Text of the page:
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Bill to open adoption records passes Senate committee

January 13, 2016

State senators will soon debate a bill that could help people adopted in Indiana between 1941 and 1994 find records about their biological family and medical history.

The bill, endorsed unanimously by the Senate Judiciary Committee on Wednesday, rolls back a 1994 measure that sealed adoption information unless a consent form was on file. Instead, those records would be made available beginning in 2018 unless the biological parents filed a non-disclosure form with the Indiana State Department of Health by January 2018.

Pam Kroskie is president of Hoosiers for Equal Access to Records, an advocacy group for open adoption records that has pushed for similar bills for the past eight years. Unlike other legislative sessions, the proposal passed the hearing without opposition.

"We couldn't have really asked for anything better," she said. "I think we really showed them that we put it back in the hands of the biological parents."

An adoptee herself, Kroskie said reconnected with her biological parents through the Internet. But beyond reunions, Kroskie said her group's main mission remains enabling adoptees to access their medical histories and birth certificates that current law conceals from them.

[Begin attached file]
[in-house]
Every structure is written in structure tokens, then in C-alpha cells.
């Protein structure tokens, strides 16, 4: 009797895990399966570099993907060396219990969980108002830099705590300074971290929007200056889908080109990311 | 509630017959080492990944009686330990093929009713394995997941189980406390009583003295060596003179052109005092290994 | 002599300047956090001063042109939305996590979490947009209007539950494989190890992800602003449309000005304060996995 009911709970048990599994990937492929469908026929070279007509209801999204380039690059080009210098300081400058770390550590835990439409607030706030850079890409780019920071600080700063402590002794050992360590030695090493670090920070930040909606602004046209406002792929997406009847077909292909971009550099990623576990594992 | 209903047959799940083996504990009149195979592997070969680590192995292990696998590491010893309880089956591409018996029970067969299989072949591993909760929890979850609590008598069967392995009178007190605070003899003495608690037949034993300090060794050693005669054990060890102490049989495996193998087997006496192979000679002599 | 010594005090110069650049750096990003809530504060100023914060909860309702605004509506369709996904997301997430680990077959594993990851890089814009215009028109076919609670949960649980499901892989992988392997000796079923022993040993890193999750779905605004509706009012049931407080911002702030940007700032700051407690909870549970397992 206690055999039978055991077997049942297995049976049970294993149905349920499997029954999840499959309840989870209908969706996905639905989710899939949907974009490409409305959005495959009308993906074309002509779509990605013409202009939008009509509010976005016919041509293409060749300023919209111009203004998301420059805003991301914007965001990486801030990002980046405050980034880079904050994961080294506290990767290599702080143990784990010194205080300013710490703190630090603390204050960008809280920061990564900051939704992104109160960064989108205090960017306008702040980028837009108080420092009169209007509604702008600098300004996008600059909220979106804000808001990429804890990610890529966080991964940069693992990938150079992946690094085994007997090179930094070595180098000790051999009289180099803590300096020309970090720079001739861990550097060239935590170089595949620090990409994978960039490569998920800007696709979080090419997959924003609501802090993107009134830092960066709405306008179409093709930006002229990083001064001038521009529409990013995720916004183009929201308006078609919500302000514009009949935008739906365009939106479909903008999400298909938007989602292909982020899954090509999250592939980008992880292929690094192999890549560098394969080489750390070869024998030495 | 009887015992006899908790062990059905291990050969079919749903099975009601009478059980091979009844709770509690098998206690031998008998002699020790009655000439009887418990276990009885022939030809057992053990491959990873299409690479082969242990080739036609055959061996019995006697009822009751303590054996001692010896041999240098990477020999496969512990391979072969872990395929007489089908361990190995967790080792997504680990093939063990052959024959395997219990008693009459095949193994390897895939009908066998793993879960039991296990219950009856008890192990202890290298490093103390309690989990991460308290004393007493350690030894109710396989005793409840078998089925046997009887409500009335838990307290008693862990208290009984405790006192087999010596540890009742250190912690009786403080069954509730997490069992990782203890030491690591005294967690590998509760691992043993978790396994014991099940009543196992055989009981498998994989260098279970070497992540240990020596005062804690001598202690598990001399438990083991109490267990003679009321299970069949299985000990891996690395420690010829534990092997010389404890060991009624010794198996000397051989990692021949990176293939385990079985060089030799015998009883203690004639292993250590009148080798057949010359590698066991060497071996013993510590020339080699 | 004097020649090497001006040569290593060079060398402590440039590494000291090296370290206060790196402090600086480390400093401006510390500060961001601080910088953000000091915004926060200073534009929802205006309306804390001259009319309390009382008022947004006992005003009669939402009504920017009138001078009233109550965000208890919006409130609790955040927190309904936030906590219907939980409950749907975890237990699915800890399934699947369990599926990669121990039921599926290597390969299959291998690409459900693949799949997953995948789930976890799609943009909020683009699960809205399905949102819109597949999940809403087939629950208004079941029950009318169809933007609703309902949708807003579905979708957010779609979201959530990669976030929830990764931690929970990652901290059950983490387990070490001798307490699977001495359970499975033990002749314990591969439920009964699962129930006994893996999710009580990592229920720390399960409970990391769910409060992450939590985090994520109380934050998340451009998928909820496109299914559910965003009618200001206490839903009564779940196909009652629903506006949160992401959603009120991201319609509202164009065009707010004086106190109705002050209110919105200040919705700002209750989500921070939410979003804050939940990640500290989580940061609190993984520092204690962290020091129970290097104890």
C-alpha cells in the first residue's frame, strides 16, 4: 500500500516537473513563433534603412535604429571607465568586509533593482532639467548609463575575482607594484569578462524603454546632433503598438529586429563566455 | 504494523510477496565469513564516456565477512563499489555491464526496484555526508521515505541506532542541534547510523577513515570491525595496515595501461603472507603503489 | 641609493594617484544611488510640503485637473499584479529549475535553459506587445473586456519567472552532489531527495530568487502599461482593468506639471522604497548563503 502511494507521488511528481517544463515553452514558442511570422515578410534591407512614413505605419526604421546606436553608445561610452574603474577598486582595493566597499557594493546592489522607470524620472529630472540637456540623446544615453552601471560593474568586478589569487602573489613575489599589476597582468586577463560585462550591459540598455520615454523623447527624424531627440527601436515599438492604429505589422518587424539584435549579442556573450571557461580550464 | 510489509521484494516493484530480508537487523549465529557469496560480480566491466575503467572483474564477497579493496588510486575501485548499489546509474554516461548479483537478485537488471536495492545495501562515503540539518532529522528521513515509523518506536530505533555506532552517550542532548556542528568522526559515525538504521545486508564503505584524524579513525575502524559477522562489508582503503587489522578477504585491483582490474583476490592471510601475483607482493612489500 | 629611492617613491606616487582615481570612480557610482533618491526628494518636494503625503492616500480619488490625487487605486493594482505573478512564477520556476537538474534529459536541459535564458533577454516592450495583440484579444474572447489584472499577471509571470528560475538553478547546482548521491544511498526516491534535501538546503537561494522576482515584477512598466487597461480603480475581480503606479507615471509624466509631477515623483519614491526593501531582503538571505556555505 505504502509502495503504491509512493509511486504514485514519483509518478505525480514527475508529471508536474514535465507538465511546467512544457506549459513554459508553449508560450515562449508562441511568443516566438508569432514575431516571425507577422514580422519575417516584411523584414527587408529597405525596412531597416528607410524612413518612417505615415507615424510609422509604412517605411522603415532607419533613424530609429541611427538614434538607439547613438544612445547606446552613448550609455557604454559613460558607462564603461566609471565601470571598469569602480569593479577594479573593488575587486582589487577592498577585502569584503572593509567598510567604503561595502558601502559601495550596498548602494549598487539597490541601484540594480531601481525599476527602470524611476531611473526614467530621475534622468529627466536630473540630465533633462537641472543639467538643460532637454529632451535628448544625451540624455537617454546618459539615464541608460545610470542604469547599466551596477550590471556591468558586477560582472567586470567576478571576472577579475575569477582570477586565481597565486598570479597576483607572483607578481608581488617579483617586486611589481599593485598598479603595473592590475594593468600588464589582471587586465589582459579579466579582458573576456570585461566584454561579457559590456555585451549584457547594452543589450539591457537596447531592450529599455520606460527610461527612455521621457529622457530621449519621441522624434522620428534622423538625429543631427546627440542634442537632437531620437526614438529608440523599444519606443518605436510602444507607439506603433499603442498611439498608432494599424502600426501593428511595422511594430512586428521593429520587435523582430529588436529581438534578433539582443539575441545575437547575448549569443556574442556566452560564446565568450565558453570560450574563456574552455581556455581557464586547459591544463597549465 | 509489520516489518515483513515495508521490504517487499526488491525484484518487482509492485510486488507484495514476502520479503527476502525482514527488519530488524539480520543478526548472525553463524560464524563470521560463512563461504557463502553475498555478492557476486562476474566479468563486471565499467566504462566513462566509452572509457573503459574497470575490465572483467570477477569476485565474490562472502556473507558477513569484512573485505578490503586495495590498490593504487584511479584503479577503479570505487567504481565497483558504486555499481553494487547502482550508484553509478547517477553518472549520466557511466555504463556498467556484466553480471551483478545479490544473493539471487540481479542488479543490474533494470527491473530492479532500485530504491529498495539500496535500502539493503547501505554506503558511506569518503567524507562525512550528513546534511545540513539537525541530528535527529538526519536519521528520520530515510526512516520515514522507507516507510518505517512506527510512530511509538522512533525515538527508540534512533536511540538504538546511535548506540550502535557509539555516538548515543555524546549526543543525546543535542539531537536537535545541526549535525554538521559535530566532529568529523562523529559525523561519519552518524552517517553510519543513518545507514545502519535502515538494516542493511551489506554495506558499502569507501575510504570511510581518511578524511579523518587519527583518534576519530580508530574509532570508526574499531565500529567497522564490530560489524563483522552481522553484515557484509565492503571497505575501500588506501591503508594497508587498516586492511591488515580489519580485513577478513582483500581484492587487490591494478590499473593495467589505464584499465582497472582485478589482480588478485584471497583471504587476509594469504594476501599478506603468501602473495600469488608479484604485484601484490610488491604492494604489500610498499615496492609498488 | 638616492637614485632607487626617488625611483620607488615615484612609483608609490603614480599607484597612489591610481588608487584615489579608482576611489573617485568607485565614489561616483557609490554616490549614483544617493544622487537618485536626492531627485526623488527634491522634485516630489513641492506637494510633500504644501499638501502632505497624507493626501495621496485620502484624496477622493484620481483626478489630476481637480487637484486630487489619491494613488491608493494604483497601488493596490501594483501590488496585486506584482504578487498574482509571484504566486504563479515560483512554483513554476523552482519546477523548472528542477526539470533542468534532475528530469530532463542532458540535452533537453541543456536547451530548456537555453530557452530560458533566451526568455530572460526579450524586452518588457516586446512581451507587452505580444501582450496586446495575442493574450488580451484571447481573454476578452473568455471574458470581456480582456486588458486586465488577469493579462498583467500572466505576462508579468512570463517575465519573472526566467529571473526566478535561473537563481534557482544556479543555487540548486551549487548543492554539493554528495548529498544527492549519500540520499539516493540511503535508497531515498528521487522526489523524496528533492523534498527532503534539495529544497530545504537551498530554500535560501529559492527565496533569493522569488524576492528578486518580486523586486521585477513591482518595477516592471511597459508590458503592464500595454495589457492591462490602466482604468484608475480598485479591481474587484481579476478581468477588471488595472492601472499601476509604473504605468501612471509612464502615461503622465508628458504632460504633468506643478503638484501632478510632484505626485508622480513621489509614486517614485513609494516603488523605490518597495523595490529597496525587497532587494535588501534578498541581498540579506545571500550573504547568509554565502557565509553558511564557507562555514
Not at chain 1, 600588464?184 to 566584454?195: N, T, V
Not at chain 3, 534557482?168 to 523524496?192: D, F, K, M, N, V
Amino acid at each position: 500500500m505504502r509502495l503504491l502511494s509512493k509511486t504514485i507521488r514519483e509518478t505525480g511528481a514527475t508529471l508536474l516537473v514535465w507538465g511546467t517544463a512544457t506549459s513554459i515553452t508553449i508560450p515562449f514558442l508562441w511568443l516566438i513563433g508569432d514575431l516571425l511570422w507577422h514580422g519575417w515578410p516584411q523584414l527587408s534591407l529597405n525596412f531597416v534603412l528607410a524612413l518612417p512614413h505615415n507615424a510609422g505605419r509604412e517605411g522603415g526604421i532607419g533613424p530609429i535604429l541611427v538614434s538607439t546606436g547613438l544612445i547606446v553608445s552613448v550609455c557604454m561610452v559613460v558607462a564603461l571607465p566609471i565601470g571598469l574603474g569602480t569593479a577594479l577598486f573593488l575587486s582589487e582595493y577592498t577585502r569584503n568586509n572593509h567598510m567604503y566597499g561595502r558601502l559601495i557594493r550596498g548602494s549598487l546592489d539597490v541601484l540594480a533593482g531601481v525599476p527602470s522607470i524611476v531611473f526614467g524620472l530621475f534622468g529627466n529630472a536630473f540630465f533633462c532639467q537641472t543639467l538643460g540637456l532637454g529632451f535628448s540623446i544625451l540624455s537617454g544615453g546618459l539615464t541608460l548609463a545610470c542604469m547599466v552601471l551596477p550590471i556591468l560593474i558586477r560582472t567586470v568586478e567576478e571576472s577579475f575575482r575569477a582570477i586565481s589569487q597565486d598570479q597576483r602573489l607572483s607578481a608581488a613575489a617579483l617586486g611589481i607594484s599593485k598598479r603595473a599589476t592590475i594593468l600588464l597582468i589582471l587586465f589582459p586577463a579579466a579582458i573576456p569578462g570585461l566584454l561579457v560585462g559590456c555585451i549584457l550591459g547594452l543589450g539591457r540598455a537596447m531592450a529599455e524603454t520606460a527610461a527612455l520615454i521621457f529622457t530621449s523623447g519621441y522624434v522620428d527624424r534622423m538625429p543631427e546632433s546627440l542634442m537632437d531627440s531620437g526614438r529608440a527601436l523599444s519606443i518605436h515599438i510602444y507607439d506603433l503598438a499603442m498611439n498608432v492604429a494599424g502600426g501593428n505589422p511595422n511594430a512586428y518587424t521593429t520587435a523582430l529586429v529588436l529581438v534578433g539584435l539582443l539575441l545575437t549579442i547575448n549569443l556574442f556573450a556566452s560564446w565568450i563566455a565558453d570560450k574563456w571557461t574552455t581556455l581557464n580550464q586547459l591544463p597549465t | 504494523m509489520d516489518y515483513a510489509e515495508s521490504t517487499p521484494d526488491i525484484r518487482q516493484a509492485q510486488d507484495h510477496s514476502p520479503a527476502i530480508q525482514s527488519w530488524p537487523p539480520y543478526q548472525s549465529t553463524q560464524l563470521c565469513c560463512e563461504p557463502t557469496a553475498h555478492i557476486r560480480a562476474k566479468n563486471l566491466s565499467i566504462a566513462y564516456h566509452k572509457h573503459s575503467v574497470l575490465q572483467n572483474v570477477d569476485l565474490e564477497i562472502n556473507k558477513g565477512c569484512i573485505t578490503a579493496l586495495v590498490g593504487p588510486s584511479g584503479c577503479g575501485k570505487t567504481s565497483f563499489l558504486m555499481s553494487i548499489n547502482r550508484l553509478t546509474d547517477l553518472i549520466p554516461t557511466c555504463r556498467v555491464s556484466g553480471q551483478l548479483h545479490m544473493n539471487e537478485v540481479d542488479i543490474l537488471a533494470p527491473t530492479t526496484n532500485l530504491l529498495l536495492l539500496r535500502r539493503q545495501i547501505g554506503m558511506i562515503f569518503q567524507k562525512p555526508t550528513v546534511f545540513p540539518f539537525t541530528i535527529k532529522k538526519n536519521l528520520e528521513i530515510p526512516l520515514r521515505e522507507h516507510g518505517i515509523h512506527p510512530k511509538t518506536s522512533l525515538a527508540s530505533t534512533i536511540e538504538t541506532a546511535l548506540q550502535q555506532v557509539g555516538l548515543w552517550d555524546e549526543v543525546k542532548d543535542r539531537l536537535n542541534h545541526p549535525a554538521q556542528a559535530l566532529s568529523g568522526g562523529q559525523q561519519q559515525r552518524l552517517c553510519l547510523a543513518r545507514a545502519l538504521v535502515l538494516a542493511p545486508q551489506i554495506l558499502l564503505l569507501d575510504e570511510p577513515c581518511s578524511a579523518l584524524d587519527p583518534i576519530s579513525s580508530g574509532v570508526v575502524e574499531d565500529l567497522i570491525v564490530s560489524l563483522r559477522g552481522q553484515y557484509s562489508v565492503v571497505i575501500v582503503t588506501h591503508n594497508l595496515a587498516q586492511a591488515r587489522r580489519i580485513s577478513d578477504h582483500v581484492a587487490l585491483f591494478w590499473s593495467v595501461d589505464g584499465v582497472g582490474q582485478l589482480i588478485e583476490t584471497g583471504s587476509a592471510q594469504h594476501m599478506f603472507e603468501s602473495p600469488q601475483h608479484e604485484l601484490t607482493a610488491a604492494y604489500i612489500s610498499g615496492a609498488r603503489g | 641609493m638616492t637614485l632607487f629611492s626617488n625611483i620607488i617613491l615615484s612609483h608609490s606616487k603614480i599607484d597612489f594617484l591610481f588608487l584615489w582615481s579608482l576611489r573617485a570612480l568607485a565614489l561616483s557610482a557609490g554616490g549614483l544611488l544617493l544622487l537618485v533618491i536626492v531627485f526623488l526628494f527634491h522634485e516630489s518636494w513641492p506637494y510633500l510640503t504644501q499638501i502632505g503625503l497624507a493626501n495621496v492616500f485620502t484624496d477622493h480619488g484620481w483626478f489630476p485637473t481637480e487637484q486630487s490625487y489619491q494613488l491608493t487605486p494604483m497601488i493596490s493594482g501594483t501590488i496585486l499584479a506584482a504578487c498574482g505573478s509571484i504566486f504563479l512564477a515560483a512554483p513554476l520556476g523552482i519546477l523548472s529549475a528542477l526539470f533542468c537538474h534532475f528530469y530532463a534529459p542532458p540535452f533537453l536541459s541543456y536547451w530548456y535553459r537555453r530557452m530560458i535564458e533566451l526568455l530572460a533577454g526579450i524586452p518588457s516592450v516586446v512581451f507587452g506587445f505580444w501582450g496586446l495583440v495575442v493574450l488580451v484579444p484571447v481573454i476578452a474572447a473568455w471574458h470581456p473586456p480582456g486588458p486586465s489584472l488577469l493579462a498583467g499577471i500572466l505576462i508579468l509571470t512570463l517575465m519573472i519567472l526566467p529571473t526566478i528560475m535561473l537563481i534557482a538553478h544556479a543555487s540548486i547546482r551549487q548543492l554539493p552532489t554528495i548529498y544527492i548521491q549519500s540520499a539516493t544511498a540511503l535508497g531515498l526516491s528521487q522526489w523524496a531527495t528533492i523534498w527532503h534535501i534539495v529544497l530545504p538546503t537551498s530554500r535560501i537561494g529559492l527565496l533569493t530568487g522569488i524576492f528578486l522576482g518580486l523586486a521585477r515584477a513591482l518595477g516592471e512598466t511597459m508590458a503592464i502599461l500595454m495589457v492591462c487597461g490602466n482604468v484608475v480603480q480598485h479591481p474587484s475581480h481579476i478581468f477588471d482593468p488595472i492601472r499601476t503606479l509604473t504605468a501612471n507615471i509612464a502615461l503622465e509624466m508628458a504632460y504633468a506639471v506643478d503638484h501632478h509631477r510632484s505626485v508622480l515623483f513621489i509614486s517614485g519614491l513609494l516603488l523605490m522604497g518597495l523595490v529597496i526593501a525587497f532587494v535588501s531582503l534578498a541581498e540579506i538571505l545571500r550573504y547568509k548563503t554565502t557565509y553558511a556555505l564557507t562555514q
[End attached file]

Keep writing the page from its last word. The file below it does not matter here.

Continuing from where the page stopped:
"Anonymity deprives us of an important part of who we are," Kroskie said.

Other bill supporters said being able to obtain medical information about their parents could help them understand their risk for genetic diseases and illnesses.

The proposal also replaces the no-contact form with a contact preference form that gives birth parents the option of specifying how and to what degree they prefer to be contacted or identified, if at all.

"As you can see, you can decide the amount of contact you wish to have or not have," said the bill's author, Sen. Brent Steele, R-Bedford.

Last year, a similar proposal by Steele failed in the House after it faced questions from Gov. Mike Pence's administration about reversing the promise of anonymity given to birth mothers. No one representing the governor testified at Wednesday's hearing.

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